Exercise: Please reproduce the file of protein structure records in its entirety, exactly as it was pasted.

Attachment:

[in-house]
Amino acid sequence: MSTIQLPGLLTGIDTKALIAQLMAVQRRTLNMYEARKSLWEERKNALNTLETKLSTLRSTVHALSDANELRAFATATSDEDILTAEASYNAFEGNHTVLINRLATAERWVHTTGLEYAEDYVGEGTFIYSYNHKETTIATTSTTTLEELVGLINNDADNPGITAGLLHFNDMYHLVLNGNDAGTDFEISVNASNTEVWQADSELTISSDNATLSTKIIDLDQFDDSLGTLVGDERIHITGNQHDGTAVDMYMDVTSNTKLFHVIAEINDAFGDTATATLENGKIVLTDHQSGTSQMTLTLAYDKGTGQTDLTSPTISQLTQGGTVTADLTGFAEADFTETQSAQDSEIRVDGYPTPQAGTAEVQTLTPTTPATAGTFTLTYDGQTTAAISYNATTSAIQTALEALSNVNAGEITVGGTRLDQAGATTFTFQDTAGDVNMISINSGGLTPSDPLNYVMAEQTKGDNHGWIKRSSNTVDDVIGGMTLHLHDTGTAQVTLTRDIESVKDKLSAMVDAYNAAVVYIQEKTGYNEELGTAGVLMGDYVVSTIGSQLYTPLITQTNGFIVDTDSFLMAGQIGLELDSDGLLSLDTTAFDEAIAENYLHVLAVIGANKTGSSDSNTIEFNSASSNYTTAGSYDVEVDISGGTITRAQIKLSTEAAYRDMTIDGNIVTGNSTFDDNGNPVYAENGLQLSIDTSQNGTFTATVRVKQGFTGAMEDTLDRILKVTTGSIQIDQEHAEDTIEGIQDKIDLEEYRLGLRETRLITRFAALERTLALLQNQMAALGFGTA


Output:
[in-house]
Amino acid sequence: MSTIQLPGLLTGIDTKALIAQLMAVQRRTLNMYEARKSLWEERKNALNTLETKLSTLRSTVHALSDANELRAFATATSDEDILTAEASYNAFEGNHTVLINRLATAERWVHTTGLEYAEDYVGEGTFIYSYNHKETTIATTSTTTLEELVGLINNDADNPGITAGLLHFNDMYHLVLNGNDAGTDFEISVNASNTEVWQADSELTISSDNATLSTKIIDLDQFDDSLGTLVGDERIHITGNQHDGTAVDMYMDVTSNTKLFHVIAEINDAFGDTATATLENGKIVLTDHQSGTSQMTLTLAYDKGTGQTDLTSPTISQLTQGGTVTADLTGFAEADFTETQSAQDSEIRVDGYPTPQAGTAEVQTLTPTTPATAGTFTLTYDGQTTAAISYNATTSAIQTALEALSNVNAGEITVGGTRLDQAGATTFTFQDTAGDVNMISINSGGLTPSDPLNYVMAEQTKGDNHGWIKRSSNTVDDVIGGMTLHLHDTGTAQVTLTRDIESVKDKLSAMVDAYNAAVVYIQEKTGYNEELGTAGVLMGDYVVSTIGSQLYTPLITQTNGFIVDTDSFLMAGQIGLELDSDGLLSLDTTAFDEAIAENYLHVLAVIGANKTGSSDSNTIEFNSASSNYTTAGSYDVEVDISGGTITRAQIKLSTEAAYRDMTIDGNIVTGNSTFDDNGNPVYAENGLQLSIDTSQNGTFTATVRVKQGFTGAMEDTLDRILKVTTGSIQIDQEHAEDTIEGIQDKIDLEEYRLGLRETRLITRFAALERTLALLQNQMAALGFGTA